Recently, Village Church evangelical pastor Matt Chandler took an indefinite leave of absence from preaching after confessing to an online relationship with a woman.
The relationship was not sexual or romantic, Chandler told his Southern Baptist Church in Flower Mound, Texas, but elders believed the frequent and familiar direct messages exchanged via Instagram were “unguarded and unwise” and “revealed something unhealthy.” “.
This story sheds light on the phenomenon of emotional cheating – a lesser-known but widespread type of infidelity.
What is emotional infidelity?
The traditional view of infidelity involves physical cheating; being unfaithful by having a romantic or sexual relationship with someone other than a spouse or partner. This differs from emotional cheating, which is part of a broader definition of infidelity. This type of infidelity occurs when a partner shares emotional intimacy and connection with someone other than their spouse or partner. Such matters of the heart and mind have also been referred to as micro fraud. This refers to the small and seemingly insignificant things that a person who, while not explicitly unfaithful, can carry the touch of unfaithfulness can do.
Cheating doesn’t always have to involve sex or even talk about sex. Emotional affairs involve a personal connection that transcends boundaries. This may include conversations that are inappropriate because of their “frequency and familiarity,” like those in the Chandler case. This type of contact can be considered intimate as it consists of sharing feelings and thoughts about personal information about spouse and children or private matters related to health and finance. Emotional infidelity forms a bond that mimics the closeness of a romantic relationship, and it may even involve some level of sexual tension or romantic attraction.
Today’s culture offers ample opportunity for this type of infidelity. Emotional cheating can take place in person in a shared environment such as the office, leading to the concept of “work partners”. Emotional affairs can also include staying in touch with ex-boyfriends and old flames through secret meetings, phone calls, texting, or social media. Emotional cheating often occurs online, hidden in email conversations and chats from messaging programs, or in DMs on Facebook, Twitter, and Instagram. Red flags of an emotional affair include people hiding their computers and cell phones and removing incriminating evidence; Deleting their texts, messages and phone calls.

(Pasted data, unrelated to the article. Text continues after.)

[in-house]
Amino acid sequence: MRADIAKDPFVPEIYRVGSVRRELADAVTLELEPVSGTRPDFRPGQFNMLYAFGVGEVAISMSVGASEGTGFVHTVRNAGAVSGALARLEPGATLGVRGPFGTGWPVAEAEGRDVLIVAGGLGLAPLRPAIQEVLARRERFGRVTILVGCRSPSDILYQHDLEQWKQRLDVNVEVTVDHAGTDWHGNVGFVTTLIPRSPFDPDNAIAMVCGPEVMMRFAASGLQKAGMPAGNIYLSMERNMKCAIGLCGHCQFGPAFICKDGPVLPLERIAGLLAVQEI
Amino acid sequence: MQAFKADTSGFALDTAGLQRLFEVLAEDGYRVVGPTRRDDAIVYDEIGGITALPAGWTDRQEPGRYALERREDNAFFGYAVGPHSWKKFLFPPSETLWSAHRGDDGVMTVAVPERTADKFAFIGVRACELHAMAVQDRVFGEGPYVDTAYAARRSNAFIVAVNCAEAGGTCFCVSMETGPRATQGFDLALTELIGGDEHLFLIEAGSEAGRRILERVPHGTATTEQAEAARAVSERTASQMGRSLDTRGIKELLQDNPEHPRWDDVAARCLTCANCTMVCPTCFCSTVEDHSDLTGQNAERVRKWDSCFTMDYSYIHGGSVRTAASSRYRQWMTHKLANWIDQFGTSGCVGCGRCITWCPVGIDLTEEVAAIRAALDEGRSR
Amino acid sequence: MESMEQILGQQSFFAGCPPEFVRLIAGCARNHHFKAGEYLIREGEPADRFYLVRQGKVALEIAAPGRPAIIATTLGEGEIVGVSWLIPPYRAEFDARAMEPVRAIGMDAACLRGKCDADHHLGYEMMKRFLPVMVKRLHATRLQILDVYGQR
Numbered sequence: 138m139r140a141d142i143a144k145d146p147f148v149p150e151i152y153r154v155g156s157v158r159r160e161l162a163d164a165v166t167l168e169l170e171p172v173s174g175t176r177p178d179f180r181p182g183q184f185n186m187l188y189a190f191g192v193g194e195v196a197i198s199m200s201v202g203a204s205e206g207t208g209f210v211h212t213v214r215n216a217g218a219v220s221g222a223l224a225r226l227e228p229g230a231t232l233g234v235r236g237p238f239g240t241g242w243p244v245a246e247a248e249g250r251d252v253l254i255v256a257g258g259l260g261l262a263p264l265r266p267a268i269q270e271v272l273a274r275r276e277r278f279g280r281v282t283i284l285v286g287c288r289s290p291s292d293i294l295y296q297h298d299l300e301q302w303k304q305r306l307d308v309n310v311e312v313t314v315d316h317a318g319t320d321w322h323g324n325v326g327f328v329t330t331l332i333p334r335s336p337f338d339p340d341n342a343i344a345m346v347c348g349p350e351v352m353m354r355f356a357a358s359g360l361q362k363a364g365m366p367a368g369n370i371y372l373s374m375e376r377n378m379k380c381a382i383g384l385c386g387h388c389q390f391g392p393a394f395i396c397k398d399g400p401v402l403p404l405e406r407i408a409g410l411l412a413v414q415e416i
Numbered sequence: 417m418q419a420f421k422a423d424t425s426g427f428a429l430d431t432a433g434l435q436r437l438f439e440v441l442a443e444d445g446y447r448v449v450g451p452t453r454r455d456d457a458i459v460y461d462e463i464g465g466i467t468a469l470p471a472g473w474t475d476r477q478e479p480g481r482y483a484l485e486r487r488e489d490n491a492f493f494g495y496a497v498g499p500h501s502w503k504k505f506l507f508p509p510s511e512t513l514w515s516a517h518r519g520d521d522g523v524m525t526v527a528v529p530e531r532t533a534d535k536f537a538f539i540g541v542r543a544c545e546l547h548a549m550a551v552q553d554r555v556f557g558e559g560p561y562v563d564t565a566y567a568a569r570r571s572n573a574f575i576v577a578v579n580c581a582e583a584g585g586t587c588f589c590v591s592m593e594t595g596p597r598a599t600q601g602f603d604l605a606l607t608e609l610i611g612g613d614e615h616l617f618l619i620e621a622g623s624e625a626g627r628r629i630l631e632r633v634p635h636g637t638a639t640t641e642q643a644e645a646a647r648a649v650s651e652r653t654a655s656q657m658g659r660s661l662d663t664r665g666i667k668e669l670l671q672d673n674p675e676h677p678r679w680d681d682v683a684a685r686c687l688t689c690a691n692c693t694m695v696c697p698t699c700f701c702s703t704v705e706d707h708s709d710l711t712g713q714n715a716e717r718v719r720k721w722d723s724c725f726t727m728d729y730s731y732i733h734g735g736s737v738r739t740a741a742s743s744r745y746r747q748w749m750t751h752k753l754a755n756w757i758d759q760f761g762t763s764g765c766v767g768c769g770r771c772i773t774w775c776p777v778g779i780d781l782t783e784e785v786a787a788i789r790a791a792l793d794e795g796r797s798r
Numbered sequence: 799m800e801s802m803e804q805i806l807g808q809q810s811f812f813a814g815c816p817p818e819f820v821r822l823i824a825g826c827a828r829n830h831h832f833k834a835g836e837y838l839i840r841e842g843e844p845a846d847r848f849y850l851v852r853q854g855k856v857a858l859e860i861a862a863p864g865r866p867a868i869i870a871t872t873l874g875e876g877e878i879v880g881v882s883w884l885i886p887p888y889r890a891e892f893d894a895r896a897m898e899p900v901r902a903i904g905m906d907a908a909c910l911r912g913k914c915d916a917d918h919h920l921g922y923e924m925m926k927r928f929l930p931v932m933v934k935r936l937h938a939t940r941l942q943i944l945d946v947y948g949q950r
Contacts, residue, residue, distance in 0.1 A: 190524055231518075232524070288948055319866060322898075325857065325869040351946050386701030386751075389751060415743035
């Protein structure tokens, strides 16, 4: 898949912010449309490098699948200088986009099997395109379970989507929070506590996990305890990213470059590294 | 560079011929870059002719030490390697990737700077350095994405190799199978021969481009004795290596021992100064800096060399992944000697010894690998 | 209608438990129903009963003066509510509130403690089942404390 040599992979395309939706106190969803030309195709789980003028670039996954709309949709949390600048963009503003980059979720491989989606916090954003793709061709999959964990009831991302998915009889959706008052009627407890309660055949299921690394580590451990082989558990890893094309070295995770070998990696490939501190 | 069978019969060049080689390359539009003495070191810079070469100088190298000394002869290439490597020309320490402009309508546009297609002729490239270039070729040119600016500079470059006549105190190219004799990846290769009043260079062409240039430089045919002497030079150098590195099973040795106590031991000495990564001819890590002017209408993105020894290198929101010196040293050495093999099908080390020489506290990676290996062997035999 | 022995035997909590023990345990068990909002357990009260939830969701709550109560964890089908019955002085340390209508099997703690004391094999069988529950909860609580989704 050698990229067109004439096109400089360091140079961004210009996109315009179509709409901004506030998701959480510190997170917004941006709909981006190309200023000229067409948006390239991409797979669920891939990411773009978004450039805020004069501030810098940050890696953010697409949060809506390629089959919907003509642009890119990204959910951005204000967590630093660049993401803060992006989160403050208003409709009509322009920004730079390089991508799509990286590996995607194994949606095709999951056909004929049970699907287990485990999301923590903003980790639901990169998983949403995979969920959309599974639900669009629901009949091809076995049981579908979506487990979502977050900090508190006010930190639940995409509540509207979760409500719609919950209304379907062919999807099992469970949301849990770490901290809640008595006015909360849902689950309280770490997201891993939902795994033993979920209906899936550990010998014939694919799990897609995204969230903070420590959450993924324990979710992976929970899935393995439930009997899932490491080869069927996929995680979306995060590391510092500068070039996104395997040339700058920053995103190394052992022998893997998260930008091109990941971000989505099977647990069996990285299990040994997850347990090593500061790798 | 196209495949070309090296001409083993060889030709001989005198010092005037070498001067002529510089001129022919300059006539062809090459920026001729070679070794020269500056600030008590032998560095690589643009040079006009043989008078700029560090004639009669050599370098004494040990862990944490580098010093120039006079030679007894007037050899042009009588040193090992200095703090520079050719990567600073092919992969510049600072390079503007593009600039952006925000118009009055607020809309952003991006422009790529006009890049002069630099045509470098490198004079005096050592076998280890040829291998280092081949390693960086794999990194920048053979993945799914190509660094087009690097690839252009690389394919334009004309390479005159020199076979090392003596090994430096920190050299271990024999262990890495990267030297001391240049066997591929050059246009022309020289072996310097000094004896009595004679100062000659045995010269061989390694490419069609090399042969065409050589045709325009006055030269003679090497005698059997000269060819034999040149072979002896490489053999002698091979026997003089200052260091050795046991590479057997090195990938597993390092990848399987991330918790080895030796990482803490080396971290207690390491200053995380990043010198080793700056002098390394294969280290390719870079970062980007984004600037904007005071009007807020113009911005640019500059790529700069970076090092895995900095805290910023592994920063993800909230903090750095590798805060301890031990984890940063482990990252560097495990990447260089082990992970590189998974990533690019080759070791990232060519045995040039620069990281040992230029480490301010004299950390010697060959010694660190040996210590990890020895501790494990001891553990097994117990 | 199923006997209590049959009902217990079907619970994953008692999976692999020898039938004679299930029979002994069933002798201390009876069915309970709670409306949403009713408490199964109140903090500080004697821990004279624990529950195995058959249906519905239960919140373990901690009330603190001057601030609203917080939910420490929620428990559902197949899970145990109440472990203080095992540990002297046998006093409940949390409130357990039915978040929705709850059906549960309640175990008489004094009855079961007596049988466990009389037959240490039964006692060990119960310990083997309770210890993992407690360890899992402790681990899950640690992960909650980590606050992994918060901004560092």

Emotional matters may not even involve a person secretly communicating with someone they “shouldn’t be talking to.” This contact can take place with known friends or colleagues. In the Chandler case, the pastor of his church said he didn’t think he’d done anything wrong — the DMing wasn’t a secret. His wife knew. The woman’s husband knew. However, when scrutinized by elders, the online sharing was deemed “concerning” and “inappropriate”. The village church also hired a law firm to review Chandler’s social media use and concluded that the pastor had violated the church’s guidelines on social media use.
What does emotional infidelity say about a person?
People who cheat emotionally often say they are unhappy in their main relationship and feel neglected or misunderstood. They may connect with a person who offers more emotional support because they don’t feel valued in their relationship. Some emotional affairs have more selfish reasons, like escaping boredom. These people crave the excitement and infatuation of emotional affairs and find them as intoxicating and addictive as alcohol or drugs.
Emotional infidelity is a reflection of character. Those who engage in non-physical affairs may be emotionally insecure or afraid of attachment. This behavior often reveals a lack of self-esteem and a lack of respect for one’s partner. Emotional affairs, particularly in serial offenders, can indicate their lack of a moral compass and reveal a lack of empathy disorder.
What is the harm of emotional infidelity?
Some may dismiss emotional infidelity as harmless or harmless. Those in a relationship can downplay their involvement and downplay the affair as “just” emotional, and also argue, “but we didn’t have sex.” This type of relationship isn’t “just” an emotional affair — it can be destructive and unhealthy. In the workplace, emotional affairs are unprofessional and unethical, causing communication problems and interpersonal conflict. Emotional affairs are traumatic for affected spouses and partners. They lead to a sense of betrayal and a loss of trust. The hurt and deception that accompanies it can create long-lasting resentment and distrust. Many relationships don’t survive emotional affairs and end in separation or divorce.
To repair a relationship damaged by emotional infidelity, the affairs must end and the instigator should see a therapist to address any underlying emotional and psychological issues. Marriage counseling and couples therapy can also help those in a relationship hopefully rebuild trust and recover from the effects of emotional infidelity.
To find a therapist, please visit Psychology Today’s Therapy Directory.
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